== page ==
Funding of the new effort can be initially subsidized until a market is developed through competition of numerous manufacturers to supply the shielded wiring. Once the market is set the price of production will drop due to basic economic market equilibrium, once that occurs the subsidizing can end. Once the price drops, companies will begin to swap out old wiring with the new shielded wiring because it will save them money in the long run. The implementation of the solar panel shielded wiring is a win-win for America and the environment.

Works Cited

“Energy Outlook.” Congressional Digest 86.4 (2007): 105-128. Academic Search Complete. EBSCO. Web. 1 March 2012.

Anthrop, Donald F. “The Need for a Long-Term Policy.” Bulletin of the Atomic Scientists 30.5 (1974): 33-38. Academic Search Complete. EBSCO. Web. 1 March 2012.

Farrell, John. gchart-PGE-time-of-use-rates-and-solar-output_0.png. 2012. Photograph. https://ilsr.org/, Washington D.C.. Web. 14 Mar 2012. https://ilsr.org/electricity-priced-hour-boosts-distributed-solar/gchart-pge-time-of-use-rates-and-solar-output_0-2/

Farrell, John. “How Distributed Solar Can Reduce Electricity Prices.” Self Reliant States. Institute for Local Self-Reliance , 2 Feb 2012. Web. 5 Mar. 2012. https://grist.org/solar-power/how-distributed-solar-can-reduce-electricity-prices/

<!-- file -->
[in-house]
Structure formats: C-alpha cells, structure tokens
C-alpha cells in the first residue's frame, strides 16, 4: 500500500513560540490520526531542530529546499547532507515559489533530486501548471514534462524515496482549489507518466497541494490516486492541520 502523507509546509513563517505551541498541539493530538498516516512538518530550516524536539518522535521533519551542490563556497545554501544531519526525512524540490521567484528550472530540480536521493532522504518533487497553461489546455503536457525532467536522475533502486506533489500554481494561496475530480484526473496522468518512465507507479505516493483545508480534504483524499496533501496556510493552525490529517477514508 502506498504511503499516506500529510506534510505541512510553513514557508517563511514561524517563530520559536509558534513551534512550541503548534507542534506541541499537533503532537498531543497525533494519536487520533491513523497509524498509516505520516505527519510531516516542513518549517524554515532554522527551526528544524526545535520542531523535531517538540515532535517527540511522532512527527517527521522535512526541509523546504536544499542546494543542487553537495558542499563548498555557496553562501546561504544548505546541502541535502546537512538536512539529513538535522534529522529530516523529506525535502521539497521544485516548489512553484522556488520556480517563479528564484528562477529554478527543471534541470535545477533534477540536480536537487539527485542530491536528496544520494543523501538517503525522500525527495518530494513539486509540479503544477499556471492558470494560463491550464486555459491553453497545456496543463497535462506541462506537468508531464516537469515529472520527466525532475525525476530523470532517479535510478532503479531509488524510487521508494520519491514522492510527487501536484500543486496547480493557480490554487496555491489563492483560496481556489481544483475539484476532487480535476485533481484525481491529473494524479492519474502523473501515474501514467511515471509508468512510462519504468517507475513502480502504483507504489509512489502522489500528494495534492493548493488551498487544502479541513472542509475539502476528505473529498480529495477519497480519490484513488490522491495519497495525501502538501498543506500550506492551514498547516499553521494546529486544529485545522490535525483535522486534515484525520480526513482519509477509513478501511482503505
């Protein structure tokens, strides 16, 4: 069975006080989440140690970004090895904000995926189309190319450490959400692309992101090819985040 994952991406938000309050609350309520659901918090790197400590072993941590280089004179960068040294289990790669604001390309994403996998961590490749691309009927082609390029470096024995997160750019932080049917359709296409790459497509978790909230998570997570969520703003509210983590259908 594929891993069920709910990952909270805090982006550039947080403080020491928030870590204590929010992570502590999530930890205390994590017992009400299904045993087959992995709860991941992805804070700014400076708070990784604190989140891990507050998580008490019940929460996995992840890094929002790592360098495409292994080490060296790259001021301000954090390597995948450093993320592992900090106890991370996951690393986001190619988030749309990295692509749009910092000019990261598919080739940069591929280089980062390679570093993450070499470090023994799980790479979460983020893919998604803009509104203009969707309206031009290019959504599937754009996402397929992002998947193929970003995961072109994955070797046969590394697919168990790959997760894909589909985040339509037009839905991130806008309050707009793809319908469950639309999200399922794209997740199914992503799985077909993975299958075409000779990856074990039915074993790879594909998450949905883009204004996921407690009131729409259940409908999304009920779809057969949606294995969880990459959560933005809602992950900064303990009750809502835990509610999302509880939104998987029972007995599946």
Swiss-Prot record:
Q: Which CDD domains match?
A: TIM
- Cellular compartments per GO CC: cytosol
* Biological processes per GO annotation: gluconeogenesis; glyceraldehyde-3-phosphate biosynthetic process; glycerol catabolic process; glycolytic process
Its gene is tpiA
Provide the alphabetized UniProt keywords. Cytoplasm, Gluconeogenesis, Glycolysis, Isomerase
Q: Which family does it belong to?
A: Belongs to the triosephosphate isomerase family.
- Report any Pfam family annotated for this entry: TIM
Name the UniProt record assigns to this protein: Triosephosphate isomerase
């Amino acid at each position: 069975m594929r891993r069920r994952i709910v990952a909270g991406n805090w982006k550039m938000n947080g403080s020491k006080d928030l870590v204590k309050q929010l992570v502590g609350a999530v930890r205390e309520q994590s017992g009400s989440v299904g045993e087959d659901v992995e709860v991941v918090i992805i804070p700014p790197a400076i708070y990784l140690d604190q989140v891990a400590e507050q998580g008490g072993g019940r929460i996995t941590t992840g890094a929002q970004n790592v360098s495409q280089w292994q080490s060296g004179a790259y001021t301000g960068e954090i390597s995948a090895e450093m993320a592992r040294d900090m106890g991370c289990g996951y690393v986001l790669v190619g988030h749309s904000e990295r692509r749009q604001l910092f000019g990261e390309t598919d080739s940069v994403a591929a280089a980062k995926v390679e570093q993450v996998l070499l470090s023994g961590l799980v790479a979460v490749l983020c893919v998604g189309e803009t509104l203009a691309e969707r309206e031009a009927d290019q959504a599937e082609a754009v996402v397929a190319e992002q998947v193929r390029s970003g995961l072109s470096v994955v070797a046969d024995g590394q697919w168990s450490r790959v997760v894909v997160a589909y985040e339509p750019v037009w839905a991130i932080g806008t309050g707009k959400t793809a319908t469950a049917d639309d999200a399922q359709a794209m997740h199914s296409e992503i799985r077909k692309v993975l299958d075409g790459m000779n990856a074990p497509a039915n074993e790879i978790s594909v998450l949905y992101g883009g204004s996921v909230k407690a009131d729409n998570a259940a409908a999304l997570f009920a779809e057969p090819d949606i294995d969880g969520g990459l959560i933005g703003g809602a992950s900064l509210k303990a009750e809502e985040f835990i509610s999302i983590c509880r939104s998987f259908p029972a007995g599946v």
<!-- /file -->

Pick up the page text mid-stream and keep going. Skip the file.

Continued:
“Section 2. Energy Consumption by Sector.” Monthly Energy Review (2004): 23-40. Academic Search Complete. EBSCO. Web. 1 March 2012.

“Section 10. Renewable Energy.” Monthly Energy Review (2004): 141-148. Academic Search Complete. EBSCO. Web. 1 March 2012.

Powerfilmsolar.com. “About PowerFilm | PowerFilmSolar.com.” PowerFilmSolar.com. PowerFilm, Inc, 2011. Web. 1 March 2012. https://www.powerfilmsolar.com/

Patterson, Gregg. “Solar’s Improving Economics.” Power Engineering 115.1 (2011): 8. Academic Search Complete. EBSCO. Web. 1 March 2012.

Institute for 21st Century Energy. “Modernize and Protect America’s Infrastructure .” Institute For 21st Century Energy. Institute For 21st Century Energy, 2011. Web. 1 March 2012. https://www.amazon.com/Modernizing-Americas-Electricity-Infrastructure-Press/dp/0262036797

Originally written by Alex Sablan March 1, 2012

as Energy for the Future